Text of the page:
Do You See Characters When You Read?

This post is a brief response to two blog posts by the Slate and 101 Books that were so timely it felt as if the authors had been listening in on my personal conversations with friends.  I recently had a discussion with some friends about whether or not they ‘see’ characters and actions when they read.  It came up in the context of writing physical descriptions of people.

For some, physical descriptions of characters were necessary to create a full understanding of the worlds being created by the author but, for others, it was a distraction and something to be glossed over by the reader as they go in search of plot and theme. Personally, I prefer that authors err on the side of brevity when it comes to physical descriptions.


I argued that, despite being a (fairly) prolific reader, I never really see characters or places fully.  Instead, my understanding of characters and places tend to come from my emotional reactions to the novel.  I feel deeply what the characters do and sense the surroundings and locations as if I were actually there, but rarely, if ever, do I have a clear physical picture of the people themselves.


Of course, sometimes the physical descriptions of characters are central to them – Harry Potter’s glasses or Hermione Granger’s hair spring to mind – but even then, I rarely get a clear visual image of the person.  Not once, however, have I thought that reacting to novels in this way has diminished my experience of them.


I can sympathize, I think, with people who feel disappointed when an actor is poorly cast as the beloved character in the movie/TV adaptation of their favourite novel.  If you are the sort of reader who really sees the character, then the disassociation that must come from seeing a different face and body to the one you had imagined must be quite disorientating.


This is a great topic of discussion for both writers and readers.  It is one I’d love to know more about too.  For example, which is more common, those who see characters clearly, those who feel them or those who have elements of both? Also, what about people who don’t particularly enjoy reading (crazy I know but they do exist)? Is it, in part, because they don’t connect either visually or emotionally to what is on the page?

8 Comment

  1. sweety says: Reply

    Sometimes things are just not a coincidence. I wrote a very similar blog post 2 days ago.
    Must be a cosmic miracle, for so many people to get an epiphany together! Please check out
    Thank you.

    1. thenovelprojectchronicle says: Reply

      Oh I love when this happens that people the world over converge on an idea 🙂 Thanks for sharing your post. It’s really interesting to hear how you connect character and actor and how it provokes different responses.

  2. Gemma says: Reply

    This is a really interesting post 🙂 I don’t often see characters fully either, but sometimes there might be a book where a character seems very vivid to me. I suppose it depends on the book or the writing. Normally, I’d rather have a clearer idea of what the character’s feeling, than a clear picture of their appearance.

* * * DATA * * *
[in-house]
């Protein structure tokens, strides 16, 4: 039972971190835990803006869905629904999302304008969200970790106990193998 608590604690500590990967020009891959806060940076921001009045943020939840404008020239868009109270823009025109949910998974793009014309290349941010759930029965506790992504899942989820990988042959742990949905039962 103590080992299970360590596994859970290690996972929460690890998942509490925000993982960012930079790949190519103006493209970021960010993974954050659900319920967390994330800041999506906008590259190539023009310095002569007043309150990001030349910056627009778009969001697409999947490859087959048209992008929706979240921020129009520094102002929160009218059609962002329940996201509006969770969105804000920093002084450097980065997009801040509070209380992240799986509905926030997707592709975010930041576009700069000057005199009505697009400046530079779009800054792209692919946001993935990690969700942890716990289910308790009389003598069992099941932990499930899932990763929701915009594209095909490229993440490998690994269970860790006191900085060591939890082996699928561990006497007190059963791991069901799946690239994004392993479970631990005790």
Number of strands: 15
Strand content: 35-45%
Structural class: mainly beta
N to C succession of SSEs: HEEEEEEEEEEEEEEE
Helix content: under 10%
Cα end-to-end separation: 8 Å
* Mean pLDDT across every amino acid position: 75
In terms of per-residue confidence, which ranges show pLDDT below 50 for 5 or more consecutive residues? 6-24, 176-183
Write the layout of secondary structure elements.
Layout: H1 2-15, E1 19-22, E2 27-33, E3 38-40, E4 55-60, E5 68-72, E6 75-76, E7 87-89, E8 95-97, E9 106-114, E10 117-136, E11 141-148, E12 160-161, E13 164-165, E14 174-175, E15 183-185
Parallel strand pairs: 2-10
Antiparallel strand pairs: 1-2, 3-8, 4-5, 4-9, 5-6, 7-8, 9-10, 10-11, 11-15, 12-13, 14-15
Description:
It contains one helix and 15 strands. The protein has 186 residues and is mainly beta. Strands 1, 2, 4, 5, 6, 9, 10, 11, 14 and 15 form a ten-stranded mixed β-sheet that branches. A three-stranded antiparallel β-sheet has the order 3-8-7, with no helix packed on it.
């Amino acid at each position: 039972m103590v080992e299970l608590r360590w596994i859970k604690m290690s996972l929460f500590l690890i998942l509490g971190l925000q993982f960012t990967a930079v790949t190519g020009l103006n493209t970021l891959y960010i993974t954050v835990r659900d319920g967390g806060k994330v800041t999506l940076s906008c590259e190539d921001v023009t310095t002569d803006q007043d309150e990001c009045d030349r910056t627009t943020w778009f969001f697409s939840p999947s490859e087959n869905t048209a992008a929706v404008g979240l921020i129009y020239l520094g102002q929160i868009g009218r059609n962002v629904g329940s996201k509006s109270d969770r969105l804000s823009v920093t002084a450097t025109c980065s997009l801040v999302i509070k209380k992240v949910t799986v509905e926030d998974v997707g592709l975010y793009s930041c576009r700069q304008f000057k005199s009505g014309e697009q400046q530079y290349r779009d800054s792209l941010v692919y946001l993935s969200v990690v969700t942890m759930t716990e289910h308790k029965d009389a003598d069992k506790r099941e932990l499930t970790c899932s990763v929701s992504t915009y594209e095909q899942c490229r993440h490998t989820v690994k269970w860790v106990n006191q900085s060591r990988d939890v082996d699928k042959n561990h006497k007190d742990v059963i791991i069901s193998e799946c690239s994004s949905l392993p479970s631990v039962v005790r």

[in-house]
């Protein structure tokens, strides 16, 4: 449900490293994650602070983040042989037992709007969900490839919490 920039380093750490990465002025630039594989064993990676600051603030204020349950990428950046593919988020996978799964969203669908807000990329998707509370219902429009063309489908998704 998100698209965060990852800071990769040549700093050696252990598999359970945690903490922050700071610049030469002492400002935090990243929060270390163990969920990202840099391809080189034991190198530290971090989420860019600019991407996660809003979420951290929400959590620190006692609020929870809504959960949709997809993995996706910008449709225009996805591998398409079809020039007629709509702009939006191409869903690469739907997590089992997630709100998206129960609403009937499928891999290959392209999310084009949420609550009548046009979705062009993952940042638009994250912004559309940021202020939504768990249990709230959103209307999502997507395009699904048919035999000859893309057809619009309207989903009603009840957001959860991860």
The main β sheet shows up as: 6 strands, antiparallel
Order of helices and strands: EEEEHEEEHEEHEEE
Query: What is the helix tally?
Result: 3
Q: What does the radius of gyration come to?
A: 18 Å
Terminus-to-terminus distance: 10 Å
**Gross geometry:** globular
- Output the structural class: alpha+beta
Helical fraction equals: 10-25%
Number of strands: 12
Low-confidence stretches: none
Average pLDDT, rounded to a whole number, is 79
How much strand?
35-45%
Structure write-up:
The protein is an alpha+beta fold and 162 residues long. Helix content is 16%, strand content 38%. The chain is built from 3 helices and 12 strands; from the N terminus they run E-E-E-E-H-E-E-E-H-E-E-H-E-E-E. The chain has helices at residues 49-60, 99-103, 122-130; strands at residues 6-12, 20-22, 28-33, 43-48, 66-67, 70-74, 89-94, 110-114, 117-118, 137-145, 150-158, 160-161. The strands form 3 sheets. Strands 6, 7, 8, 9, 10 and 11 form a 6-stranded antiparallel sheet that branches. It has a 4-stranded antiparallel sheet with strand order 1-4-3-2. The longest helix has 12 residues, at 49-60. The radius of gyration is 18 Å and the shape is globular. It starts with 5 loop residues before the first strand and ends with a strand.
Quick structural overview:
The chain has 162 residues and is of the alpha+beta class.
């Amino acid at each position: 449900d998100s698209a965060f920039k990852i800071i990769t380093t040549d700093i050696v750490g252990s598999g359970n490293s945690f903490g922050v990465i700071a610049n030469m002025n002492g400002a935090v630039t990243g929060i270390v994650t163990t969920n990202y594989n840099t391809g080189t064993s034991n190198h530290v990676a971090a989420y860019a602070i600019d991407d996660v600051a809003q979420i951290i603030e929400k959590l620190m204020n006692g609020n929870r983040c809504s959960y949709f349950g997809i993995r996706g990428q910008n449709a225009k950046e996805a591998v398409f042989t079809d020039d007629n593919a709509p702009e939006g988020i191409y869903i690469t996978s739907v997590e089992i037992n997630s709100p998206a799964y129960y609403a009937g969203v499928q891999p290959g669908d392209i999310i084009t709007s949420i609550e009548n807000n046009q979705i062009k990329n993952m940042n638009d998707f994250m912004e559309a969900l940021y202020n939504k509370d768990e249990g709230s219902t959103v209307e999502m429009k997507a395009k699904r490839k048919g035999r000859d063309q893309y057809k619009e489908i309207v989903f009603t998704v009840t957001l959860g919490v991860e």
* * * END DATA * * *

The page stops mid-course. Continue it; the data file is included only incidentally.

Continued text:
1. thenovelprojectchronicle says: Reply

      Glad you liked it 🙂

      I think I read in the same way. For me it’s almost like stepping into the shoes of the character so that you feel them – flesh and bone, emotion and memory – rather than see them like a movie.

      Thinking about it now, the clearest way I can explain it is that, on a daily basis, you don’t see yourself, even though you have a good idea of what you look like, but you know yourself through your movements and actions and emotions. In the same way when I read about a character (and maybe it’s the same for you) I know them as I know myself, not through seeing but through feeling and being.

      This might also be why poorly written books are hard to finish – because they don’t allow us to get ‘under the skin’ of the character.

      1. Gemma says: Reply

        I hadn’t thought of it like that, but I think you’ve described it perfectly!

  3. Interesting point – like you i’m less visual and feel more of an emotional connection to characters.

  4. Really interesting post & discussion. Like you, I rarely have a fully realised image of a character’s physical appearance, just a general impression, a suggestion. But with places I’m completely different. If an author is drawing pictures of places for me, I’ll often put the book down for a few moments and mentally wander around the place, exploring the nooks and crannies. I really enjoy books that are set in places I know a little as it helps build those images; but I also really enjoy unknown exotic locations which tempt me beyond the familiar – I’ve been desperate to visit Savannah ever since I read Midnight in the Garden of Good and Evil, and yet am a little fearful of doing so in case it isn’t quite what I expect and I end up disappointed and no longer able to enjoy the picture of Savannah that the book gave me.

    I recently read Karen Maitland’s Vanishing Witch, which is set in Lincoln. I was literally walking up the hills and round the town with the characters, feeling their calves pinch as they reach the top of the very steep streets up to the Cathedral, and the images of Lincoln’s wharfside, albeit a middle ages one, will stay with me forever – like somewhere I can escape to whenever I like.

    Sorry, I’ve rambled…but you’ve made me think that I should gather my thoughts on the power of place in novels a little more than I have to date. Thank you.

    1. thenovelprojectchronicle says: Reply

      Great comment, thanks. Yes, some novels have such an incredible sense of place that you find yourself craving to be there. Since this topic came up I keep coming back to thinking about the psychology of reading and writing. I’m glad the post has given you some food for thought.

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